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How tech will change the way we work in 2016

During 2015, the rapid evolution of cloud computing and big data changed people’s working habits. Teams’ limits were continuously pushed, workloads often became unmanageable, and more and more managers were tasked with leading dispersed teams, based across different geographies and time zones, while keeping various stakeholders up-to-date.

While 2016 promises to be a blast, it will prove to be equally challenging, as organisations come under increasing pressure to deliver value to their customers, achieve perfect results and ensure that their teams are motivated. However, thanks to the growth of the cloud and other new technologies, there is still hope for continued promise of productivity gains.

This year, we’re already seeing how easy-to-use, specialised enterprise and consumer tools are making data collection, analysis, and interpretation accessible in an unprecedented way, so that businesses can use that information to better understand where the market is heading, and create new commercial opportunities. Enterprises are also beginning to realise that they can use data derived from the work carried out within their own organisation to support their employees and increase the pace of productivity.

The next step is for businesses to look out for the trends that are set to change the way we work in 2016, and start using them to their advantage.

Mobile workforces are becoming widespread

The Workforce 2020 study predicts that the ability to work at any time and from anywhere is becoming a major factor in the business world, especially with more millennials joining and shaping the workforce. Shifting demographics and cross-organisational trends are changing the way we work and it’s important for leadership to recognise this. Many employees don’t sit in the same office anymore and need to share information and communicate globally in order to achieve their goals.

Supported by private companies and legislators alike, mobile working has continued to grow as a trend, presenting a number of benefits which include eliminating the restrictions of location, enabling organisations to choose anyone to be a part of their team, thus creating more qualified workforces. Mobility also impacts families on the positive side, as people are able to work from home and from a distance meaning there is less of a need to compromise on their family life, resulting in a workforce that is less stressed and more motivated.

Experts agree that new technologies will make true mobility and on-demand intelligence mainstream in the coming years, allowing people to work on their own terms and enabling leaner, more productive workspaces

This is the year of agile working

A mega trend that will continue to gain ground is lean and agile working, a method begun in the software industry, which has today been adopted by teams in sectors from healthcare to finance. Defined as delivering the same or more value to customers while minimising waste, as well as reacting to uncertain and changing realities. In other words, 2016 will be the year of working smart, and focusing on performance and outcomes.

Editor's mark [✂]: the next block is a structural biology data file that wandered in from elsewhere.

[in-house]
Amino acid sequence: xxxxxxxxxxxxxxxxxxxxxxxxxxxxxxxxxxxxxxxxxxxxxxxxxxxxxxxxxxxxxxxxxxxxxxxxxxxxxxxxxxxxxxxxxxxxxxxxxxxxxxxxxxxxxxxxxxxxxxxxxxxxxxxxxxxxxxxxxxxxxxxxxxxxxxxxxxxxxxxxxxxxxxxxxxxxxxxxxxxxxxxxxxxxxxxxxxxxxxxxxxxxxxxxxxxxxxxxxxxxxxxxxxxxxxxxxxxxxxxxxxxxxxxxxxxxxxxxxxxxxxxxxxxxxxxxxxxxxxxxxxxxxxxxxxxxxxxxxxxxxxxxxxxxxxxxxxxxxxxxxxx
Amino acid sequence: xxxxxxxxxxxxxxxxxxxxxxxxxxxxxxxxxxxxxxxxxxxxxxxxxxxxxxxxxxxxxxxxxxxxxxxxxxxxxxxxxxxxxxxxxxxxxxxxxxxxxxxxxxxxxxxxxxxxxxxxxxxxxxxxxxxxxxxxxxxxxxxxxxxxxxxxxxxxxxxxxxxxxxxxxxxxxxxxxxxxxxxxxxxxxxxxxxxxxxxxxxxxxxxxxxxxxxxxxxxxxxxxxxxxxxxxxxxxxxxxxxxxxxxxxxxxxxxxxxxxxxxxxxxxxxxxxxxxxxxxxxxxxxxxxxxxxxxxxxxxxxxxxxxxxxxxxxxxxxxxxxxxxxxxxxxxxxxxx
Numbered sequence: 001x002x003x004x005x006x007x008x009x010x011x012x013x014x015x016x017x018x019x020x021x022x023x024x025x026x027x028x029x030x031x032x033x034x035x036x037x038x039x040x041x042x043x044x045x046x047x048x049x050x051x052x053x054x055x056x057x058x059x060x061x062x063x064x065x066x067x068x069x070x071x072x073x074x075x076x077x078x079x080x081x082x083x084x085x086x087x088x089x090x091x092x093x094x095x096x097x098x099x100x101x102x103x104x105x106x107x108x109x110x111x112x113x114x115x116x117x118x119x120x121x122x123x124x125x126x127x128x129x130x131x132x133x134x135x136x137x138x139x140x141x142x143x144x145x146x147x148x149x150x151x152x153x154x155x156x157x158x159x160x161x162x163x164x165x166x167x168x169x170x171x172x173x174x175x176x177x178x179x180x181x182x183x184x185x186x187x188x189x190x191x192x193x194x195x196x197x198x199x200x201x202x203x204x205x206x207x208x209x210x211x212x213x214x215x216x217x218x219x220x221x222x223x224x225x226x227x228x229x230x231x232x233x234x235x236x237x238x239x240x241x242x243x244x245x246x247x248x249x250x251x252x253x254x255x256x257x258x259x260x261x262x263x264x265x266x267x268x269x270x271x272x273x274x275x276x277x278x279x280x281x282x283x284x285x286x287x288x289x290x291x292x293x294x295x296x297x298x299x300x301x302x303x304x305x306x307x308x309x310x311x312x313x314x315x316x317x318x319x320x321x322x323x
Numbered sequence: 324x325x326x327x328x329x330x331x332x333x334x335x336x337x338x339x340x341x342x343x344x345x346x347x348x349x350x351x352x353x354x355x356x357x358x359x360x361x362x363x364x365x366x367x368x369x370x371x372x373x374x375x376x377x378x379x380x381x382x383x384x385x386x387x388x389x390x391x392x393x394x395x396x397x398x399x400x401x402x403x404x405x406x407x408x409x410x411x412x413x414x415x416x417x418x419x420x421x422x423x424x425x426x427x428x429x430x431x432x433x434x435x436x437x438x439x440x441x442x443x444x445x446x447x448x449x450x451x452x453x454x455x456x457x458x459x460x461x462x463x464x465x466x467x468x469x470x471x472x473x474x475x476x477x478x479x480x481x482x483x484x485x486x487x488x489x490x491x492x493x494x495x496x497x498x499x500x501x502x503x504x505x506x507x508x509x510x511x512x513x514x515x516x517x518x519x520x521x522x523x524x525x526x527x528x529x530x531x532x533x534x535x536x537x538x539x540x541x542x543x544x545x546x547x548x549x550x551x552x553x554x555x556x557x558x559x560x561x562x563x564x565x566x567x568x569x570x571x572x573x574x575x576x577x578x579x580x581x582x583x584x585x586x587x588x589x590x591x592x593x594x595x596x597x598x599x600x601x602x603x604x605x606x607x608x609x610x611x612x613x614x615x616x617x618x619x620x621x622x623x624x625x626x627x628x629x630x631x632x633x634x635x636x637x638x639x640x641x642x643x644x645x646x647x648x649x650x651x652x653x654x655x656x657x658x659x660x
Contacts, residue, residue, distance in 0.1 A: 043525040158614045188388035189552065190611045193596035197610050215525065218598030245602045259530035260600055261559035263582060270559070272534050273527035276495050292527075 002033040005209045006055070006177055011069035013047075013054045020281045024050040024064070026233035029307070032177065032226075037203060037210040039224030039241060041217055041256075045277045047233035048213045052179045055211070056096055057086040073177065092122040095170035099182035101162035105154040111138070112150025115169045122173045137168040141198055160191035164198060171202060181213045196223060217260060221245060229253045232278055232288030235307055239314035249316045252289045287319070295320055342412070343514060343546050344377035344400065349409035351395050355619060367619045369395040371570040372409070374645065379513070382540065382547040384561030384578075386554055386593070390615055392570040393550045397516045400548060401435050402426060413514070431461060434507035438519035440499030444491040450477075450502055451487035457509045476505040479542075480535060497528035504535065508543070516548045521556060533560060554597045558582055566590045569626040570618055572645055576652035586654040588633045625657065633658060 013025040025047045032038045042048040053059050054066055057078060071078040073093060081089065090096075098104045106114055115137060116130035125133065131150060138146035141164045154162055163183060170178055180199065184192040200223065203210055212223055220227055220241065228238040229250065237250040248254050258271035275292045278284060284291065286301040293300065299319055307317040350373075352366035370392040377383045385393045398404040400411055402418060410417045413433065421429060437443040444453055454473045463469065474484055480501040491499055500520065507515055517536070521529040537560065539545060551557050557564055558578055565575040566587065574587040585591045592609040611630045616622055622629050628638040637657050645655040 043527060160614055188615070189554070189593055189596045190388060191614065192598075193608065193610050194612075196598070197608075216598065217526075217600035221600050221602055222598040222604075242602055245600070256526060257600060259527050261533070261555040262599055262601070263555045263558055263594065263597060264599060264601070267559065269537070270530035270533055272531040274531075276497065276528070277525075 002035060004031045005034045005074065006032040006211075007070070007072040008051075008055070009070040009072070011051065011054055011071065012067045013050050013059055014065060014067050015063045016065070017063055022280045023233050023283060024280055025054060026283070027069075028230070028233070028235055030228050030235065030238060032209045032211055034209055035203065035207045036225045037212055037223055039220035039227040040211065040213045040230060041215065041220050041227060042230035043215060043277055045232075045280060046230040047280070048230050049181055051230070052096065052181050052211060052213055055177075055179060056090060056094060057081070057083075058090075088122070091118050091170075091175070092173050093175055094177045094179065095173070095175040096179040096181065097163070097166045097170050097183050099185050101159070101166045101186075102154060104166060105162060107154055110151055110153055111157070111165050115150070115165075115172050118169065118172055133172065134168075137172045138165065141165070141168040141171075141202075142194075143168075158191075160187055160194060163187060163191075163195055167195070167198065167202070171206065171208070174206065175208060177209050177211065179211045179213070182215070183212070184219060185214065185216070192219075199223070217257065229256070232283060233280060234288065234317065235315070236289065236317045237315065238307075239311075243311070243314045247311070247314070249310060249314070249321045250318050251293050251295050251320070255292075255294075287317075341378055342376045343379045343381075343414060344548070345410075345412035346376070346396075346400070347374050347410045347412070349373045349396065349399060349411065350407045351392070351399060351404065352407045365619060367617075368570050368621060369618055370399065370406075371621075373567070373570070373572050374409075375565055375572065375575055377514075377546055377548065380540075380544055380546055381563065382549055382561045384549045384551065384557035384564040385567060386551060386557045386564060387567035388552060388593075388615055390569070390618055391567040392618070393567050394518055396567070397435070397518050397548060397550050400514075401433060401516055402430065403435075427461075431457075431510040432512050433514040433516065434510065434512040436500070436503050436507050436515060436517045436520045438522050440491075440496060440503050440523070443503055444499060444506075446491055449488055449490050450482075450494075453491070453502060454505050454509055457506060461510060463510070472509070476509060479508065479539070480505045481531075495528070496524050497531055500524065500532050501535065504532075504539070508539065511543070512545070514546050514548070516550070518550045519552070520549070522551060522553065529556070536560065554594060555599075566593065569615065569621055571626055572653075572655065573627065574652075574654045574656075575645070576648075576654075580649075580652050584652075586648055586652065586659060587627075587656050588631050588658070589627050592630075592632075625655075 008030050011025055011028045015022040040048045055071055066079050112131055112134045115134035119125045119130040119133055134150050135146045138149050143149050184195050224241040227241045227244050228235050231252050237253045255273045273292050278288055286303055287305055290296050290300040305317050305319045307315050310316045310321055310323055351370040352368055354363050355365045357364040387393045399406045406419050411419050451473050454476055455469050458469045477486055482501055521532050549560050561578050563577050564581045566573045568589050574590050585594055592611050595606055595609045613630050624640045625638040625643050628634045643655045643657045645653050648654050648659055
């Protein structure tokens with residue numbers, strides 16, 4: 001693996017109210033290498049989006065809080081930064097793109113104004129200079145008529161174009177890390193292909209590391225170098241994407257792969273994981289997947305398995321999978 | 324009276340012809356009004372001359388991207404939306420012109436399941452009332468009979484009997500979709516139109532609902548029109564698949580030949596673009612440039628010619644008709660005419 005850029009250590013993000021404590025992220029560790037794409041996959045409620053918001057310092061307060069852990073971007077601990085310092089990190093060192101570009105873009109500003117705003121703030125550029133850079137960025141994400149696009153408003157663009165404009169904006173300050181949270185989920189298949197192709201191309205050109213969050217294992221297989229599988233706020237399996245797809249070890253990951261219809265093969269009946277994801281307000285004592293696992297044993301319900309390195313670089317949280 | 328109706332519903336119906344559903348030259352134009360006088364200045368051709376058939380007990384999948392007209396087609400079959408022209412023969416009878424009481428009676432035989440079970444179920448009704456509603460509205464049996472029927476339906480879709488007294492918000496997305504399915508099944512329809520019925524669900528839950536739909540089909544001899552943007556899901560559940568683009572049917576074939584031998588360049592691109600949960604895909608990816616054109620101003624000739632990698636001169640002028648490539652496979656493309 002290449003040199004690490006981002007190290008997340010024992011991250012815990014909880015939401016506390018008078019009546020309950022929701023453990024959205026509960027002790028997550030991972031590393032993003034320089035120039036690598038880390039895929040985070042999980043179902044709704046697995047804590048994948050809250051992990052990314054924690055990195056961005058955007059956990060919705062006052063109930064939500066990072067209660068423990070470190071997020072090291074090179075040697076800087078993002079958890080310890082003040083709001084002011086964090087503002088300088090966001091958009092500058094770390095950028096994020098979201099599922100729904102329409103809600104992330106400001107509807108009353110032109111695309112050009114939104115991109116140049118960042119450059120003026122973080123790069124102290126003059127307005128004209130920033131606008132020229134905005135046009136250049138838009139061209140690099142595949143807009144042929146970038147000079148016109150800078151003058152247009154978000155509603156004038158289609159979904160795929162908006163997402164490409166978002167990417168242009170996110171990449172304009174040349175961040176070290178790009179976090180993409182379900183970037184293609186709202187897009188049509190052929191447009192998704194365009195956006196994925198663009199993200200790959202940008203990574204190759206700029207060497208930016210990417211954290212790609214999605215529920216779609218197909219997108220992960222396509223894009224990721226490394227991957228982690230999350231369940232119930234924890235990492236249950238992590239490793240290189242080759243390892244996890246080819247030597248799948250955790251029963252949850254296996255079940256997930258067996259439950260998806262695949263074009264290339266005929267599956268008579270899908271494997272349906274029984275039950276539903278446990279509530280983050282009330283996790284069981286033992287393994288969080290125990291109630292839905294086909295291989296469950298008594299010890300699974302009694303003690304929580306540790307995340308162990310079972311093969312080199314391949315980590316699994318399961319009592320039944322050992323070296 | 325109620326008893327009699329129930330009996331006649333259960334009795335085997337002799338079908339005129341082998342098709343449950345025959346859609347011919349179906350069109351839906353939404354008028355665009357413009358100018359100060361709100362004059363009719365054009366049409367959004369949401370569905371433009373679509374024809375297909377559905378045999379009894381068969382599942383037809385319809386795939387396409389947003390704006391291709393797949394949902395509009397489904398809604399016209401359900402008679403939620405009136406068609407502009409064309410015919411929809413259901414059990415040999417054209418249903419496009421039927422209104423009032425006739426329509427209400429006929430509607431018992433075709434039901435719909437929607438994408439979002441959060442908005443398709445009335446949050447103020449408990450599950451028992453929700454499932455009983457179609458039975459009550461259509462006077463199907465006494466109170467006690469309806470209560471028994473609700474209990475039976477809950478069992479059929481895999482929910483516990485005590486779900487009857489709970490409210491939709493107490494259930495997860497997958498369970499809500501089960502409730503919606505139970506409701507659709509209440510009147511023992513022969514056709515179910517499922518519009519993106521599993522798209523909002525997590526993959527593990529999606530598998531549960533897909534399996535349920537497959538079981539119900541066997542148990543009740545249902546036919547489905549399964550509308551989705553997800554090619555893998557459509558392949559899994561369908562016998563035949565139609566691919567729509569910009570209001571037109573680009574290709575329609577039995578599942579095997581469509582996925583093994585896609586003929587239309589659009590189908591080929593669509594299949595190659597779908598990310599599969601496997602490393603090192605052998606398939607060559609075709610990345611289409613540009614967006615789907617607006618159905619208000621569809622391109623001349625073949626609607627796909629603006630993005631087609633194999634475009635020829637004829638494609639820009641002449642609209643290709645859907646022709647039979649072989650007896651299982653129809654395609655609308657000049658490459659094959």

This trend is gaining increased traction because people are starting to realise they need to work in a more efficient way to increase productivity. At the base of agile methodologies is the idea that teams who execute the work should also be the ones planning it. They should strive for continuous improvement, transparency and collaboration, with the ultimate goal of achieving customer satisfaction through rapid and continuous goal achievement. As teams continually deliver more value, adapt, solve real problems and act quickly, they feel more empowered and in control in their jobs, contributing to a better bottom line.

Bi-modal is going beyond business

Bi-modal IT, according to Gartner, is the practice of managing two separate, coherent modes of IT delivery, one that is focused on stability and the other on agility and business development. This is a fast moving technique, but has been in practise in some organisations for years.

This model is particularly interesting when applied outside of IT. Some might argue that organisations today are already being divided by providers of stability and infrastructure, and teams driving the business forward. It can also be applied to the way we work by combining traditional planning with agile execution. In 2016, organisations might consider reviewing themselves in the light of bi-modality if they want to constantly deliver a higher flow of value.

During the next few months, disruptive technologies will make it easier for managers to achieve team motivation, collaboration and communication. By keeping ahead of developments, harnessing emerging technologies and continually adapting to new IT trends, today’s organisations can increase productivity and customer satisfaction- and stay ahead of the game.

Maria Nordborg, Projectplace

Image source: Shutterstock/bikeriderlondon